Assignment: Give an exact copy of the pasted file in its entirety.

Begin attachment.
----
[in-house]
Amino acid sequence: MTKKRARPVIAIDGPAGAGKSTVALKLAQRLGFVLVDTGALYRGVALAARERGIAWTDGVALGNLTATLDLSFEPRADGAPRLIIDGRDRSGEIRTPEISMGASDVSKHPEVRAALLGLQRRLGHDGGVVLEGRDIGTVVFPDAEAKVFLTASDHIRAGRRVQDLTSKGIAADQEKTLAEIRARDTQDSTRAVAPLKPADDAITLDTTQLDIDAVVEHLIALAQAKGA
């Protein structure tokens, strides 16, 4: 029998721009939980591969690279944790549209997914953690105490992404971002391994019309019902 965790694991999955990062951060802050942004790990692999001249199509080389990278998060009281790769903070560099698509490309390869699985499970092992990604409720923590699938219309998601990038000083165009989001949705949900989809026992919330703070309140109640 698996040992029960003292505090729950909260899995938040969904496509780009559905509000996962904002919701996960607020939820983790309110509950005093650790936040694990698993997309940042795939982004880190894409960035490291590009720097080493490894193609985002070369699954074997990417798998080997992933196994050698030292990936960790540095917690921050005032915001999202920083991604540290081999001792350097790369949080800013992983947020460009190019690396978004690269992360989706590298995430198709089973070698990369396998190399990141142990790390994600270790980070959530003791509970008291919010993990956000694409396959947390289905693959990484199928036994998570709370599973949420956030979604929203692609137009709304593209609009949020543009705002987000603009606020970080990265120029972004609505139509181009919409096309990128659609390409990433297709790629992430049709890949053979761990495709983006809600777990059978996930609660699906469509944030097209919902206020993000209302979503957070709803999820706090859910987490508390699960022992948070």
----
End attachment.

[in-house]
Amino acid sequence: MTKKRARPVIAIDGPAGAGKSTVALKLAQRLGFVLVDTGALYRGVALAARERGIAWTDGVALGNLTATLDLSFEPRADGAPRLIIDGRDRSGEIRTPEISMGASDVSKHPEVRAALLGLQRRLGHDGGVVLEGRDIGTVVFPDAEAKVFLTASDHIRAGRRVQDLTSKGIAADQEKTLAEIRARDTQDSTRAVAPLKPADDAITLDTTQLDIDAVVEHLIALAQAKGA
């Protein structure tokens, strides 16, 4: 029998721009939980591969690279944790549209997914953690105490992404971002391994019309019902 965790694991999955990062951060802050942004790990692999001249199509080389990278998060009281790769903070560099698509490309390869699985499970092992990604409720923590699938219309998601990038000083165009989001949705949900989809026992919330703070309140109640 698996040992029960003292505090729950909260899995938040969904496509780009559905509000996962904002919701996960607020939820983790309110509950005093650790936040694990698993997309940042795939982004880190894409960035490291590009720097080493490894193609985002070369699954074997990417798998080997992933196994050698030292990936960790540095917690921050005032915001999202920083991604540290081999001792350097790369949080800013992983947020460009190019690396978004690269992360989706590298995430198709089973070698990369396998190399990141142990790390994600270790980070959530003791509970008291919010993990956000694409396959947390289905693959990484199928036994998570709370599973949420956030979604929203692609137009709304593209609009949020543009705002987000603009606020970080990265120029972004609505139509181009919409096309990128659609390409990433297709790629992430049709890949053979761990495709983006809600777990059978996930609660699906469509944030097209919902206020993000209302979503957070709803999820706090859910987490508390699960022992948070």